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article imageAs Trump promotes his tariffs, companies are laying off workers

By Karen Graham     Aug 9, 2018 in Business
The ongoing trade war President Donald Trump has waged against world powers, including some of our closest allies, doesn't show signs of slowing down, forcing many U.S. companies to make some hard decisions about where to cut costs.
Trump attended a rally in Ohio this past weekend and ended up talking about himself ahead of the last special election for Congress before November. Ignoring the candidate he was supposed to be backing, he chose to build himself up instead.
After denigrating the "fake news" media, and reminding his followers of the "seriously low IQ" of Rep. Maxine Watters and renewing his attack on the Mueller investigation, he remembered where he was and switched over to bragging about how well he had done fixing the economy.
And when Trump returned to Washington, he renewed his claims on how well the economy was doing under his guidance:
Donald J. Trump
Tariffs, trade and the economy
We won't get into the unemployment numbers that are calculated using the same method used by the Obama administration that erases those unemployed from the records so they are not included. Nor will we mention that hourly wages have barely kept up with inflation, only rising 2.7 percent compared to 5.0 percent in the 1990s. But Trump says this is all good.
One thing he has not bragged about lately is the U.S. trade deficit - and probably with good reason. Actually, the U.S. trade deficit expanded in June, at its fastest rate since November 2016. Also, $291 billion was added to that gap in the first six months of 2018, compared with $272 billion in the first half of 2017.
Another thing the Trump administration isn't talking about is what has been transpiring since he added all those tariffs, to begin with. Billions of dollars in tariffs were imposed on imports to the U.S. as a way to help American companies, right? But those imports grew slightly while exports from the U.S. are going down.
Tempers are red hot over Washington's decision to slap tariffs on imports of steel and aluminiu...
Tempers are red hot over Washington's decision to slap tariffs on imports of steel and aluminium
American businesses are feeling the pinch
With the latest tariffs on an additional $18 billion worth of Chinese goods set to go into effect later this month, Trump still believes our trading partners will back down, lowering their tariffs on American goods, improving the market for the U.S. But this is not happening, yet.
American businesses, jobs, and consumers are now feeling some unwanted and unwarranted effects of the growing trade war instigated by the White House. There is a growing list of companies either planning to close plants, lay off employees, tossing out plans for new jobs or raising prices.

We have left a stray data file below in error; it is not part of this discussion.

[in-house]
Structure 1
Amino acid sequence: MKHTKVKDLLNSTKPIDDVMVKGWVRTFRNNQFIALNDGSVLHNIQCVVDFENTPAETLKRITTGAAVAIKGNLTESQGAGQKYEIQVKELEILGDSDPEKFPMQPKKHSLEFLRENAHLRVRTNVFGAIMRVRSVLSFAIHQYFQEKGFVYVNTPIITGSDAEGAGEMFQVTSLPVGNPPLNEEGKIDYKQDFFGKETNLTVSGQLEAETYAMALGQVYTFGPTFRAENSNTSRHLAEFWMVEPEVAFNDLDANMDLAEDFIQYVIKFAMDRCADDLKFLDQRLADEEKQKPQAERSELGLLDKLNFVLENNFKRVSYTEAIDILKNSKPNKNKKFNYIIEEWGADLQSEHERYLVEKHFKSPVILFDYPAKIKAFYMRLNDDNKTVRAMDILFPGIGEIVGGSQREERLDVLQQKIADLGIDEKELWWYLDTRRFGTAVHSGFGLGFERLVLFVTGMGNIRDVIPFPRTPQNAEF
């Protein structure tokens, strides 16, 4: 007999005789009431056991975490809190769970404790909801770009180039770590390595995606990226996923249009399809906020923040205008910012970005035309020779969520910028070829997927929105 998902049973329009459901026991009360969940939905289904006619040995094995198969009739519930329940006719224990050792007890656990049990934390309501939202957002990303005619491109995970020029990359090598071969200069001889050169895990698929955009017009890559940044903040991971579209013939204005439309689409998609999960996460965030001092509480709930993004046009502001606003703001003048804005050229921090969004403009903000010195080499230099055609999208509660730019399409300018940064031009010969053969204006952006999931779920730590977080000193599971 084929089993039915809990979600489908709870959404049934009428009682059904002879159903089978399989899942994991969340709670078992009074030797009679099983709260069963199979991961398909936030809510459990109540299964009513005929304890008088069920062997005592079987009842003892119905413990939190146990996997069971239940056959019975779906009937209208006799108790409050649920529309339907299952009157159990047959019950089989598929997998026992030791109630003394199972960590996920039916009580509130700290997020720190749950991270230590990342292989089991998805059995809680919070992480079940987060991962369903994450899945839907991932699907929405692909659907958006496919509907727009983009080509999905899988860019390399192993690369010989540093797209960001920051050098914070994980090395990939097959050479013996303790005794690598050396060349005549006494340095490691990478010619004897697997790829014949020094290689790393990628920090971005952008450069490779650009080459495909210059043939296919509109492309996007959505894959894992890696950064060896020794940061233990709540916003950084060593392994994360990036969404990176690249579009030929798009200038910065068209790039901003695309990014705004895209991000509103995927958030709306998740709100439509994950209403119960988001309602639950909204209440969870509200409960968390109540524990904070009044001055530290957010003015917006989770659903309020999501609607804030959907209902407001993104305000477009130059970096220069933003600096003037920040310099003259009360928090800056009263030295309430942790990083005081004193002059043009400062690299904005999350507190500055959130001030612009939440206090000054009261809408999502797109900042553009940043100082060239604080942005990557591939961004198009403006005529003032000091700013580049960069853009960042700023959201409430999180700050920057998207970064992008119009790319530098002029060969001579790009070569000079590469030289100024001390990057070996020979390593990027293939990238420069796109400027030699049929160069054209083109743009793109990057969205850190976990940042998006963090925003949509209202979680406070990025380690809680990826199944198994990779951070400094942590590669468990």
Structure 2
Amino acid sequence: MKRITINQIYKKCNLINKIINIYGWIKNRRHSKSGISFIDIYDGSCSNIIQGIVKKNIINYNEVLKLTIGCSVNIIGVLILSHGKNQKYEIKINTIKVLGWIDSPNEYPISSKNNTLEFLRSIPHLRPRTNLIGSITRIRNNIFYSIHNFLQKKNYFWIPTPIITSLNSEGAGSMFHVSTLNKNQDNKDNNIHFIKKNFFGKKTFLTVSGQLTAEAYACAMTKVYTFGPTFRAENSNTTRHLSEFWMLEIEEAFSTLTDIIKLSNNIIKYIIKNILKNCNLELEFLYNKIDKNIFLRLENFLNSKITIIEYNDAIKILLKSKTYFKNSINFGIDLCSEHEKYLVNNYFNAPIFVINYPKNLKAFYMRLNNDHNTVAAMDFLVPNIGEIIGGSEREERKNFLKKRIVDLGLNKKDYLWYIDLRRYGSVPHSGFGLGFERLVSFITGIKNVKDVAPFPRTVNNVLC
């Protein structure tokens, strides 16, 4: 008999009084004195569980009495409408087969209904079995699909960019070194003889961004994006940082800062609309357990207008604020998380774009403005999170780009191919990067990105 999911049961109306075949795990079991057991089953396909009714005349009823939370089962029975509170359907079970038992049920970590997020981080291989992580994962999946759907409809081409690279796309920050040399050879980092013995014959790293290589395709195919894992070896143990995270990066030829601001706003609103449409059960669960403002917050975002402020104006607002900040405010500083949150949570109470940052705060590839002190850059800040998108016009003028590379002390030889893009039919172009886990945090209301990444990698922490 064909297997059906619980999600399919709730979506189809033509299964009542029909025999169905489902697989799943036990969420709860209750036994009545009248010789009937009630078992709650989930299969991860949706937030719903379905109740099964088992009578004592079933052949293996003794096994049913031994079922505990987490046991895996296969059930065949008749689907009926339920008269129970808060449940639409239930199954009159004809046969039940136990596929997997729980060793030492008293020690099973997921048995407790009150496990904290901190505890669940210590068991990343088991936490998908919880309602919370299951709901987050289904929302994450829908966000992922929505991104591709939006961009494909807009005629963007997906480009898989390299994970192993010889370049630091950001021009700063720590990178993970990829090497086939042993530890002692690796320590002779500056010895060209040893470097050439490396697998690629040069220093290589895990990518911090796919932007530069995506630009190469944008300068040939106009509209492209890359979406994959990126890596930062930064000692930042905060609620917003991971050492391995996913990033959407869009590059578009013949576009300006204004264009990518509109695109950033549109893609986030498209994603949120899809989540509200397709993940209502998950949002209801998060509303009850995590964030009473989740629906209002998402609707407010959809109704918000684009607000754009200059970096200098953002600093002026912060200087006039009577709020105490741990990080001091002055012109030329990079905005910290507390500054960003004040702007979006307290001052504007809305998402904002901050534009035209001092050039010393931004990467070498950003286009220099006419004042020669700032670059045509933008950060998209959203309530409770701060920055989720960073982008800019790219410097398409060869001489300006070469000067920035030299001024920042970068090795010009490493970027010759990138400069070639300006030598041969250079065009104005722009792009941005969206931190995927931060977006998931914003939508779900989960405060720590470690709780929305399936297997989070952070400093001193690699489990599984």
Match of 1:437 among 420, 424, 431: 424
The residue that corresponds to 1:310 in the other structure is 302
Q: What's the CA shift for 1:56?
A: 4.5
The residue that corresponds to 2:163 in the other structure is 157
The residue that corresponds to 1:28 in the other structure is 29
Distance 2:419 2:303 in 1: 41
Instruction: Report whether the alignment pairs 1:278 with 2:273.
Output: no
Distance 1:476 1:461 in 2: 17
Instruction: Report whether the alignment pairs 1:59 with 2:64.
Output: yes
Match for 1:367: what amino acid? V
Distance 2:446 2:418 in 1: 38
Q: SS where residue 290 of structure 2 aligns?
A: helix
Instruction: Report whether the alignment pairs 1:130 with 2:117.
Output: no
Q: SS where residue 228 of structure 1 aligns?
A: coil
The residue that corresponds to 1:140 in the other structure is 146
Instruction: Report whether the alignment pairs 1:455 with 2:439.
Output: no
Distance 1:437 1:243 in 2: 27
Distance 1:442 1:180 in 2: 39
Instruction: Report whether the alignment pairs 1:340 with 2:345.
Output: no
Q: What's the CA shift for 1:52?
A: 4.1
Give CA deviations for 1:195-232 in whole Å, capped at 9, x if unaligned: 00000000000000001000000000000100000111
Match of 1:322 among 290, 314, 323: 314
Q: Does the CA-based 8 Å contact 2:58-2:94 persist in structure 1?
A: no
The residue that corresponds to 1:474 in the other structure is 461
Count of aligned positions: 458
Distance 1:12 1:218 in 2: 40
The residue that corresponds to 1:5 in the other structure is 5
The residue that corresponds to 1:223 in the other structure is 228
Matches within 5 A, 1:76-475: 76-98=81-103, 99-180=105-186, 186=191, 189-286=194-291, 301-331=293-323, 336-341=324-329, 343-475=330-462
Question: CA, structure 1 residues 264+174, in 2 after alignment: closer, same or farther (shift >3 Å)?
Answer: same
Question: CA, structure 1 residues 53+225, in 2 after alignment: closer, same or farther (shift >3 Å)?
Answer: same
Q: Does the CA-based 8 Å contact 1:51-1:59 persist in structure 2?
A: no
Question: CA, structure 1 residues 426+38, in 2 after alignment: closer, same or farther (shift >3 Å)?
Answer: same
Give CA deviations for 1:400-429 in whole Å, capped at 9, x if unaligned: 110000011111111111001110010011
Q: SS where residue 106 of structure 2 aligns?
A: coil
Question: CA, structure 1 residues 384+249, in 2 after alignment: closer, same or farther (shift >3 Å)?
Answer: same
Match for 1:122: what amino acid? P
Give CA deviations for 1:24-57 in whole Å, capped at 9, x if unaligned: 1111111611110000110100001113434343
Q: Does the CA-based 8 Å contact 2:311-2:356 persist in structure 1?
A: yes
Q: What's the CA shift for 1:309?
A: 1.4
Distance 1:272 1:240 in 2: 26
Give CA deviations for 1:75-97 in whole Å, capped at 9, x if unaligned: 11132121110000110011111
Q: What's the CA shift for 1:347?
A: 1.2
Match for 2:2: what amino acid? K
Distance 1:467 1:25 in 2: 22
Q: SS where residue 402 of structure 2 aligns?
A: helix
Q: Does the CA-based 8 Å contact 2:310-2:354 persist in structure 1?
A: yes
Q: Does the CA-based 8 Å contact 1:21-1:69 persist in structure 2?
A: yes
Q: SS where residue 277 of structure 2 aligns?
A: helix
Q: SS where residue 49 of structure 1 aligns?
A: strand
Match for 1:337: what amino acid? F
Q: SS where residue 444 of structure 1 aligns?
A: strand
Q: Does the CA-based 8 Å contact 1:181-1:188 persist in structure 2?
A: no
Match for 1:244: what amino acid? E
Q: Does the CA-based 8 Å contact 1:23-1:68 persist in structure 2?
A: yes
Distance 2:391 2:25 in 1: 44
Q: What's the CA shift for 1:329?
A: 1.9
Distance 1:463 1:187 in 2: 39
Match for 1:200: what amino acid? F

Many large companies have already opted to pass along the higher cost for materials and parts along to the consumer or absorb the losses into their profit margins, points out Business Insider. However, small businesses are forced to make much tougher decisions.
Several nails
Several nails
Smaller businesses are being forced to cut labor costs in an attempt to offset the higher cost of materials. And this is now happening from Michigan to South Carolina and beyond. Here are just a few examples of what is going on today:
In Michigan, Mid-Continental Nail, the largest US nail producer, laid off 130 workers after steel prices jumped. One of its plant managers said the entire business could shut down over the next few months.
SEMO Box, a packaging company in Cape Girardeau, Michigan is also feeling the impact of Mid-Atlantic's layoffs. They have had to let go a number of employees.
In South Carolina, Element Electronics, a TV manufacturer, plans to lay off 127 workers as "a result of the new tariffs that were recently and unexpectedly imposed on many goods imported from China."
Brinly-Hardy, an Indiana-based maker of lawn-care equipment, laid off 75 workers. "We are collateral damage in this effort," Jane Hardy, the company's CEO, told The Washington Post.
US President Donald Trump recently threatened to slap punitive tariffs on all Chinese imports  which...
US President Donald Trump recently threatened to slap punitive tariffs on all Chinese imports, which accounted for more than $500 billion last year
Even the Tampa Bays Times has been hit by the tariffs. The company laid off 50 employees in April because of the newsprint tariffs imposed on Canada. Newspapers in other small communities, like House Speaker Paul Ryan's hometown paper in Janesville, Wisconsin, have also been forced to lay off staff.
In Washington state, REC Silicon, which supplies silicon materials for solar panels, had to lay off 100 employees in the company's Moses Lake plant. The company also cut production back by 25 percent, according to Reuters.
There are many more small companies dealing with the same problems, and it may get even worse. “This is hurting the economy but so far it’s manageable,” says Mark Zandi, chief economist of Moody’s Analytics. “If the war continues to escalate, it will do more damage and at some point it will undercut the good economy” and trigger significant job losses and likely a recession.
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